Mercom Capital Group has released its tally of 2020's digital health funding: $14.8 billion in equity raised across 637 deals, as well as $6.8 billion in debt and public market financing across 26 deals.
These represent a respective 66% and 278% increase over the firm's count for 2019, according to the Mercom report released yesterday. In total, 1,694 different investors took part in these deals.
In addition, the firm tracked a total of 184 mergers and acquisitions during the past year, a slight increase over the 169 transactions of 2019.
Looking at the fourth quarter of 2020 alone, Mercom's report highlights 139 equity funding deals totaling $4.5 billion, a 165% increase over Q4 2019.
WHY IT MATTERS
Beyond illustrating the staggering weight of investments digital health claimed during a year of pandemic, Mercom's breakdown identifies specific areas within the industry that received extra love from investors.
Standing at the top was telemedicine, which according to the report brought in $4.3 billion across the entire year (up 139% from last year's $1.8 billion). Following in its wake were investments into data analytics startups ($1.8 billion), mobile health apps ($1.4 billion), clinical decision support tools ($1.2 billion), practice management solutions ($837 million) and wearable sensors ($8.15).
(Image courtesy of Mercom Capital Group, a research and communication firm focused on digital health and cleantech.)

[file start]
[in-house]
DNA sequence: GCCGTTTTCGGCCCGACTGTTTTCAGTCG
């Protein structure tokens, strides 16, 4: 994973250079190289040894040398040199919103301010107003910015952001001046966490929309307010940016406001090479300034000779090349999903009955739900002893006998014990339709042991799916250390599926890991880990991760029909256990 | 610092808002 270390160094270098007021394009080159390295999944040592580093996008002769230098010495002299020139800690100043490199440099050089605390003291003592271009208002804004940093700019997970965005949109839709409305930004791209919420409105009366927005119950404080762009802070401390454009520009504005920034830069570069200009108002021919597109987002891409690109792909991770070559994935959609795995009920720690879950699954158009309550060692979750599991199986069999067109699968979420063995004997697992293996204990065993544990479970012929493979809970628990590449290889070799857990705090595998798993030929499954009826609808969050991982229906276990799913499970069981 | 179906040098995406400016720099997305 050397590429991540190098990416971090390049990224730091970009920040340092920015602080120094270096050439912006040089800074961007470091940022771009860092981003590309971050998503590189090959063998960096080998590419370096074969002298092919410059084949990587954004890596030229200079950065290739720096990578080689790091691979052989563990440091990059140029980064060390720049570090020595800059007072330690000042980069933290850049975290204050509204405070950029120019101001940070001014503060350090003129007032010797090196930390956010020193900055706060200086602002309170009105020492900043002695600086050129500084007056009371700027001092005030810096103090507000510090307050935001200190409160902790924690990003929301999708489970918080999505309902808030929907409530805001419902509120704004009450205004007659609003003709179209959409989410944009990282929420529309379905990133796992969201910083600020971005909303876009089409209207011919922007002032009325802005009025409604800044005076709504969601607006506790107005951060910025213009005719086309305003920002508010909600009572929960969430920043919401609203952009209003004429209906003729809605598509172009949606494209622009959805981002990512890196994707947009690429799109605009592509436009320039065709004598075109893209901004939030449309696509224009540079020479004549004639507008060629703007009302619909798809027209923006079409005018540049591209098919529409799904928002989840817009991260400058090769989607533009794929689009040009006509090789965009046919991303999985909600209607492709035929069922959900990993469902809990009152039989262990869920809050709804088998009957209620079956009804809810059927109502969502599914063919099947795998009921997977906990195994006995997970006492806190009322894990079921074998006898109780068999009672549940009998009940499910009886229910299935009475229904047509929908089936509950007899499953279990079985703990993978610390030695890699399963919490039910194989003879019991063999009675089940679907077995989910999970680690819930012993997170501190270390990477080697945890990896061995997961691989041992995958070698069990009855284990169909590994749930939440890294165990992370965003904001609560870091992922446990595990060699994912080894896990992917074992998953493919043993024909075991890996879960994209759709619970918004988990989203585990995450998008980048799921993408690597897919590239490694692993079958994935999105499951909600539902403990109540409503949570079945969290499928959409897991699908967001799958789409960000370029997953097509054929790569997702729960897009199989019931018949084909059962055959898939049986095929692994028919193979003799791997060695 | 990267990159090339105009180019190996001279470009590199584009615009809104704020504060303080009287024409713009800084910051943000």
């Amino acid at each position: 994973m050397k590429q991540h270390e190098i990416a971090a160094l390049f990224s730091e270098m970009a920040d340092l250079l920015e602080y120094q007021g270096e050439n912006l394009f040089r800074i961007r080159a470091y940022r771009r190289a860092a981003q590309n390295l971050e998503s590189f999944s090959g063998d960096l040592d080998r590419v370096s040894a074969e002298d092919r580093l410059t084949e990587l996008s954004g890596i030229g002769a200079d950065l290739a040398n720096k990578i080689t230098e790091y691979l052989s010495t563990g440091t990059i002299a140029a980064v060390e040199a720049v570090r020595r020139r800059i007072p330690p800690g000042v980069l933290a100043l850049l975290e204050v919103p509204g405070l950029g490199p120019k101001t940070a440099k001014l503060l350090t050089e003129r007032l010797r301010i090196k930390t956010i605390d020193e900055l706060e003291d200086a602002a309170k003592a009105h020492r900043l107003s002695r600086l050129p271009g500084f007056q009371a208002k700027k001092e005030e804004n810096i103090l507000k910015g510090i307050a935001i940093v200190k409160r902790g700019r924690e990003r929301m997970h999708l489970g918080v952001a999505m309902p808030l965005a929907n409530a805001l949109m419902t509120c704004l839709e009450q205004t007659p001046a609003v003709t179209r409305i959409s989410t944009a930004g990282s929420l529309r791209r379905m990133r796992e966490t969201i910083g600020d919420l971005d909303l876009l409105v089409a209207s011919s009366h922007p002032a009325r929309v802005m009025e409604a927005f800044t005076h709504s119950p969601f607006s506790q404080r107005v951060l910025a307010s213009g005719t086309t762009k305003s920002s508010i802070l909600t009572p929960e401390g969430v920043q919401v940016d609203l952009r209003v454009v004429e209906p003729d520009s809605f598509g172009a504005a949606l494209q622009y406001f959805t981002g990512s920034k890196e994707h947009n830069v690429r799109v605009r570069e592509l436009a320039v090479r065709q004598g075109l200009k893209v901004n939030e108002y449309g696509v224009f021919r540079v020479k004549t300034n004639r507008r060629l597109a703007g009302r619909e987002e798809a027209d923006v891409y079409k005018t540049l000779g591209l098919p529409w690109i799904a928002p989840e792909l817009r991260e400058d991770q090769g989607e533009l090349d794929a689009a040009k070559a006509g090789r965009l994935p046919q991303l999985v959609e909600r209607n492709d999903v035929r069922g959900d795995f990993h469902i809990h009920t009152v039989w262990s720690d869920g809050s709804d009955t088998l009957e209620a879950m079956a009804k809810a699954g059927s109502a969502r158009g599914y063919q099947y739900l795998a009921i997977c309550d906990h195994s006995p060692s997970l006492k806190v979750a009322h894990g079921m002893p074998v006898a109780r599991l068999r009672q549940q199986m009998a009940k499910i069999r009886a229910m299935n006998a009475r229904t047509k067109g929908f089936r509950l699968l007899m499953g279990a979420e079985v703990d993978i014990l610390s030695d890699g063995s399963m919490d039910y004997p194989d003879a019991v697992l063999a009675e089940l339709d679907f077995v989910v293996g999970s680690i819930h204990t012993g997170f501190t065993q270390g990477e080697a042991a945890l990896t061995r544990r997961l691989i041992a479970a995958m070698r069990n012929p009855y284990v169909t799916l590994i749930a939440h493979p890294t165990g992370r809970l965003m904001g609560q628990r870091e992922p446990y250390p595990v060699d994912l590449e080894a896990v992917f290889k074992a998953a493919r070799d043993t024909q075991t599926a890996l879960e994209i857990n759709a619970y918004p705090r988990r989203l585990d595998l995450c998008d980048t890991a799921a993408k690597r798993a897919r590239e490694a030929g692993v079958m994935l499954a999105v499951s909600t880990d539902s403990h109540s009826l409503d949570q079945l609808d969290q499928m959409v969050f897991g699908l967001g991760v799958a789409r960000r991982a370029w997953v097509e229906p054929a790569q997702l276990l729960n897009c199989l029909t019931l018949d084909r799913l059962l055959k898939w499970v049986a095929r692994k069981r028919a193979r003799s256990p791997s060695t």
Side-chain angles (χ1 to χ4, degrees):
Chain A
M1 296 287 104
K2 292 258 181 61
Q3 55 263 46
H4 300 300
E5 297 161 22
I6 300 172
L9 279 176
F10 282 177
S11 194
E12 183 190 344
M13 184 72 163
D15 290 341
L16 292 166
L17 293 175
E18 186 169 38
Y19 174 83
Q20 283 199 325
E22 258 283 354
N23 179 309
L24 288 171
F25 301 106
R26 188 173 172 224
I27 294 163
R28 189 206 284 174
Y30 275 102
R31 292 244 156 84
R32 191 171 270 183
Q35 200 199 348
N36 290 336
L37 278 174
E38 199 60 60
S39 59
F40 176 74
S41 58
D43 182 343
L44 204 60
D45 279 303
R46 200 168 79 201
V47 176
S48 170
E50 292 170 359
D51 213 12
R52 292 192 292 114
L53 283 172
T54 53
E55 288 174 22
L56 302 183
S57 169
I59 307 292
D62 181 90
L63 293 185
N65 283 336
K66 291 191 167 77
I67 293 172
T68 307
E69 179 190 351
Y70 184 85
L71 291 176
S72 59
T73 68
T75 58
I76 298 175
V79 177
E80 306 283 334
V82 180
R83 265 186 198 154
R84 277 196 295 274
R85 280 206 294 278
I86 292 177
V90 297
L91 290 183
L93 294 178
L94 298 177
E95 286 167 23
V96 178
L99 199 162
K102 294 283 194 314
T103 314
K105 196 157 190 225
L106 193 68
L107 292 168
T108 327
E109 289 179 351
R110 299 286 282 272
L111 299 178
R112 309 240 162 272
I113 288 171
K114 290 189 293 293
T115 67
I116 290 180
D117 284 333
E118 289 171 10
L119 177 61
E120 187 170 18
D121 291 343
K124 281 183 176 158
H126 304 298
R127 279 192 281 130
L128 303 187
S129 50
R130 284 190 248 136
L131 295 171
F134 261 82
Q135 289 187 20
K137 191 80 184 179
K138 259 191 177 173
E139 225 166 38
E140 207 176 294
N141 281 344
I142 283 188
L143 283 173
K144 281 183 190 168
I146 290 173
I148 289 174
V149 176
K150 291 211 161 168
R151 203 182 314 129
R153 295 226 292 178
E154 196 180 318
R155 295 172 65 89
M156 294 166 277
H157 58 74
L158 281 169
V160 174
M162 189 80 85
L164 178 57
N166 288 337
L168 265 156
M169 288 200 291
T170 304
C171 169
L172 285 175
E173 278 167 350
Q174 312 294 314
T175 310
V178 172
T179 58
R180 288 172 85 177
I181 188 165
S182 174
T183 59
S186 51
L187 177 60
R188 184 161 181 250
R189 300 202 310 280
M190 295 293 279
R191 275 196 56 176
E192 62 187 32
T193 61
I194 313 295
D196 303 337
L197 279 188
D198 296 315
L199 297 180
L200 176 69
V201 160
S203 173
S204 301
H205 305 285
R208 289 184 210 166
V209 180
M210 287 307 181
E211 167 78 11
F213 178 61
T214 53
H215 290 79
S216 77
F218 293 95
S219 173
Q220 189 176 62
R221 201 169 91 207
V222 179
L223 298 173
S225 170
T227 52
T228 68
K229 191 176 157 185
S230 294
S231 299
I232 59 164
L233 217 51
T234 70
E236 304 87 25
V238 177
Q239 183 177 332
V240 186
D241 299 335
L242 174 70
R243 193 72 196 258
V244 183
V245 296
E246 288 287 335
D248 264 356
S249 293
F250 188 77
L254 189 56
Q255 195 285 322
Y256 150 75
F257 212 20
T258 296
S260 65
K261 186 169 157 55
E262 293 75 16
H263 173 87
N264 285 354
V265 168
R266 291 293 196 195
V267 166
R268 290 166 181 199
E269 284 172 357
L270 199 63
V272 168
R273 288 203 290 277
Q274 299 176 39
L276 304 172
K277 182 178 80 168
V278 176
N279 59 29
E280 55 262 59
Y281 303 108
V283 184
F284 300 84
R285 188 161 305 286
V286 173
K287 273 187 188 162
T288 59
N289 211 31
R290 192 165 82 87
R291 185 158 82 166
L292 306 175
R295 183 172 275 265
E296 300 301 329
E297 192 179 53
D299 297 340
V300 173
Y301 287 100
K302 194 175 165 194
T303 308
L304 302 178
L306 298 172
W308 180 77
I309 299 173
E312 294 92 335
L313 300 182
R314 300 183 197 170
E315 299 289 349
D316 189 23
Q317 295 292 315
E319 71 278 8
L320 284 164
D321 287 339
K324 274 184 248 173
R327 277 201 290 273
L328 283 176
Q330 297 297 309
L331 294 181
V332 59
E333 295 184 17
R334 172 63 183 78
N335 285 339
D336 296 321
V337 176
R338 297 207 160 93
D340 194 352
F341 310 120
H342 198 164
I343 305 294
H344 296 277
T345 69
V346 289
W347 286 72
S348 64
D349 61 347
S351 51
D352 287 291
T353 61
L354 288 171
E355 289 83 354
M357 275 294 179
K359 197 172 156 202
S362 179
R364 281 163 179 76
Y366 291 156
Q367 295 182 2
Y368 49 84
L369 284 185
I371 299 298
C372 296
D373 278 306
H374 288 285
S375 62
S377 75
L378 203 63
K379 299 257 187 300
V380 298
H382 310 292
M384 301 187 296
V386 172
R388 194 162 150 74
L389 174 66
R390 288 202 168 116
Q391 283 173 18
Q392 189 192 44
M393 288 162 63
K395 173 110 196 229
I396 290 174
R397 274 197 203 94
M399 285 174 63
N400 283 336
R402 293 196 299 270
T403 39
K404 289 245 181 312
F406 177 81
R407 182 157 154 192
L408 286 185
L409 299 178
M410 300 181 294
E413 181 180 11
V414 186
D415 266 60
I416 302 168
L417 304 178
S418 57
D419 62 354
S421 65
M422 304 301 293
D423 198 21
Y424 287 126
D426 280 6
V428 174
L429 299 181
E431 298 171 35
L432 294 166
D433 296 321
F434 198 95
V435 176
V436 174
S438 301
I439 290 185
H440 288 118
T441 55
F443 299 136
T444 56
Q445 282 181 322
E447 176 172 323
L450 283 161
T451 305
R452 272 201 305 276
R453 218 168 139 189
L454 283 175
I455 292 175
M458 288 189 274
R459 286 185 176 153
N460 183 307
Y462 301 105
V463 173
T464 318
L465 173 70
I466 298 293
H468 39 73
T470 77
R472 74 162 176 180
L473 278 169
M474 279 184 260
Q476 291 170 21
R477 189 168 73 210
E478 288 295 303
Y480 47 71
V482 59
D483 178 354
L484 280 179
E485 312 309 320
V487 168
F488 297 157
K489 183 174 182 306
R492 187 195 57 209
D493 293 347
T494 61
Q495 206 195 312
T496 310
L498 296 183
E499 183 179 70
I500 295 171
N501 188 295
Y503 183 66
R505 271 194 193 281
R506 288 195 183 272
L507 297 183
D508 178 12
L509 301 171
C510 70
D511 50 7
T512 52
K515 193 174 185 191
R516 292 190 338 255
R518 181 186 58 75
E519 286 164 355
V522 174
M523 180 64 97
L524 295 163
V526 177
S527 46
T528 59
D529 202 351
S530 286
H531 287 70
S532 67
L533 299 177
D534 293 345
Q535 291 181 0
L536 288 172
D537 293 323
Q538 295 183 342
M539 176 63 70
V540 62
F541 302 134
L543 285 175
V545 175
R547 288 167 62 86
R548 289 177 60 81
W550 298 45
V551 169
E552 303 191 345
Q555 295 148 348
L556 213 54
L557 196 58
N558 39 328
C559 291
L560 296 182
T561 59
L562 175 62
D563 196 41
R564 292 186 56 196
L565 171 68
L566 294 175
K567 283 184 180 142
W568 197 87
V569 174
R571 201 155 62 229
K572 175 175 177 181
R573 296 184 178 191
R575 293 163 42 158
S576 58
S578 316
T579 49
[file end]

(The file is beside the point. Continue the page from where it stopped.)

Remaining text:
“COVID-19 supercharged funding activity in digital health in 2020," Raj Prabhu, CEO of Mercom Capital Group, said in a statement. "Ten digital health categories had their best year with record funding amounts."
Two other major trends were also highlighted in the report: the strong performance of 2020's digital health IPOs and the growing interest in consumer-facing digital health. For the former, Mercom noted a total of $6.2 billion generated by the year's IPOs was a major increase over last years $1.4 billion.
"It was also the biggest year for IPOs," Prabhu said. "We could see a lot more companies going public in 2021 if the current IPO and SPAC boom continues.”
Consumer-centric companies, meanwhile, increased their fundraising haul 81% year over year, with a total $9.6 billion.
"The pandemic has mainstreamed the consumer side of digital health technologies in less than a year," Prabhu said. "Digital health products that were a novelty a year or two ago are now a necessity."
Companies focused on healthcare practices also upped their annual raises by 47%, to $5.3 billion.
THE LARGER TREND
Mercom's numbers and trends generally fall in line with MobiHealthNews' observations, which pegged the year's raises at about $14 billion.
Our reporting and accounts from others watching the space throughout the year have generally identified 2020 as a breakout year as the market placed new weight on the benefits of virtual health technologies.
There was some speculation that the fervor had cooled a bit halfway through the final quarter, although this was counteracted by a strong finish from big names like Verily, DXY, Olive, Everlywell and Cityblock Health.